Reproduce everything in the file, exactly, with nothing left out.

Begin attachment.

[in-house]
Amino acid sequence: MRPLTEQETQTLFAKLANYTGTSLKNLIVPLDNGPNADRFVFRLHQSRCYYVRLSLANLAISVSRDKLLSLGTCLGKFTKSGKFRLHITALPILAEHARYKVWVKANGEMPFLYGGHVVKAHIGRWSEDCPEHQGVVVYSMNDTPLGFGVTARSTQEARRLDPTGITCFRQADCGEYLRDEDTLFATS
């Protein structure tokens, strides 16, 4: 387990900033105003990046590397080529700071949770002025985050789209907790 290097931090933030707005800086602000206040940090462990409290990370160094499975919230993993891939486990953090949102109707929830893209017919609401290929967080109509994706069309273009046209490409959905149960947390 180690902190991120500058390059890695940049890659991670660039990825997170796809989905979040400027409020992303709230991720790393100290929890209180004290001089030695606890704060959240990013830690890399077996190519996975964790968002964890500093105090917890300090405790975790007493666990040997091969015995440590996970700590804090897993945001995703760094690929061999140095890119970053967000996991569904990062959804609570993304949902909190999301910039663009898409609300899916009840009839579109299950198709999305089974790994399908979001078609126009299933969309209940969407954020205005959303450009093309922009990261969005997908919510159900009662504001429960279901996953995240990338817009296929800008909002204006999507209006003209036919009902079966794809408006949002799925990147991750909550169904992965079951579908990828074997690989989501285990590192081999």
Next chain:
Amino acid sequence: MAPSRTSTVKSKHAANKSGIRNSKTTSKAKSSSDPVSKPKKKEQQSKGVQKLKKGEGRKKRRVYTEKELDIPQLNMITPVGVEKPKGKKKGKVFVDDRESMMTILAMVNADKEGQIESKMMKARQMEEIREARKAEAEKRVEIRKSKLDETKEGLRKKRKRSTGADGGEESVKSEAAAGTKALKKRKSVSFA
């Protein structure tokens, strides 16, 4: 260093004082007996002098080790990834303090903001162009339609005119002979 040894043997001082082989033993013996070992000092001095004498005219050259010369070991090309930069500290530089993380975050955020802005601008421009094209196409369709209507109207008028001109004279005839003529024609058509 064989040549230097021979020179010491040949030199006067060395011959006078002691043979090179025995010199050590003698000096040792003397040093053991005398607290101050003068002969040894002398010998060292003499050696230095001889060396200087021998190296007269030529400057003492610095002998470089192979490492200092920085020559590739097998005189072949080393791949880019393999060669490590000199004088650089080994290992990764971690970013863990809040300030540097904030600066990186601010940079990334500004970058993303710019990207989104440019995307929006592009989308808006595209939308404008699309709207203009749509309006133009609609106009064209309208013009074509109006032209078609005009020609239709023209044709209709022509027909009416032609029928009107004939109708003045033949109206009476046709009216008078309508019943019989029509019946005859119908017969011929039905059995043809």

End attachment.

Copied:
[in-house]
Amino acid sequence: MRPLTEQETQTLFAKLANYTGTSLKNLIVPLDNGPNADRFVFRLHQSRCYYVRLSLANLAISVSRDKLLSLGTCLGKFTKSGKFRLHITALPILAEHARYKVWVKANGEMPFLYGGHVVKAHIGRWSEDCPEHQGVVVYSMNDTPLGFGVTARSTQEARRLDPTGITCFRQADCGEYLRDEDTLFATS
């Protein structure tokens, strides 16, 4: 387990900033105003990046590397080529700071949770002025985050789209907790 290097931090933030707005800086602000206040940090462990409290990370160094499975919230993993891939486990953090949102109707929830893209017919609401290929967080109509994706069309273009046209490409959905149960947390 180690902190991120500058390059890695940049890659991670660039990825997170796809989905979040400027409020992303709230991720790393100290929890209180004290001089030695606890704060959240990013830690890399077996190519996975964790968002964890500093105090917890300090405790975790007493666990040997091969015995440590996970700590804090897993945001995703760094690929061999140095890119970053967000996991569904990062959804609570993304949902909190999301910039663009898409609300899916009840009839579109299950198709999305089974790994399908979001078609126009299933969309209940969407954020205005959303450009093309922009990261969005997908919510159900009662504001429960279901996953995240990338817009296929800008909002204006999507209006003209036919009902079966794809408006949002799925990147991750909550169904992965079951579908990828074997690989989501285990590192081999």
Next chain:
Amino acid sequence: MAPSRTSTVKSKHAANKSGIRNSKTTSKAKSSSDPVSKPKKKEQQSKGVQKLKKGEGRKKRRVYTEKELDIPQLNMITPVGVEKPKGKKKGKVFVDDRESMMTILAMVNADKEGQIESKMMKARQMEEIREARKAEAEKRVEIRKSKLDETKEGLRKKRKRSTGADGGEESVKSEAAAGTKALKKRKSVSFA
């Protein structure tokens, strides 16, 4: 260093004082007996002098080790990834303090903001162009339609005119002979 040894043997001082082989033993013996070992000092001095004498005219050259010369070991090309930069500290530089993380975050955020802005601008421009094209196409369709209507109207008028001109004279005839003529024609058509 064989040549230097021979020179010491040949030199006067060395011959006078002691043979090179025995010199050590003698000096040792003397040093053991005398607290101050003068002969040894002398010998060292003499050696230095001889060396200087021998190296007269030529400057003492610095002998470089192979490492200092920085020559590739097998005189072949080393791949880019393999060669490590000199004088650089080994290992990764971690970013863990809040300030540097904030600066990186601010940079990334500004970058993303710019990207989104440019995307929006592009989308808006595209939308404008699309709207203009749509309006133009609609106009064209309208013009074509109006032209078609005009020609239709023209044709209709022509027909009416032609029928009107004939109708003045033949109206009476046709009216008078309508019943019989029509019946005859119908017969011929039905059995043809």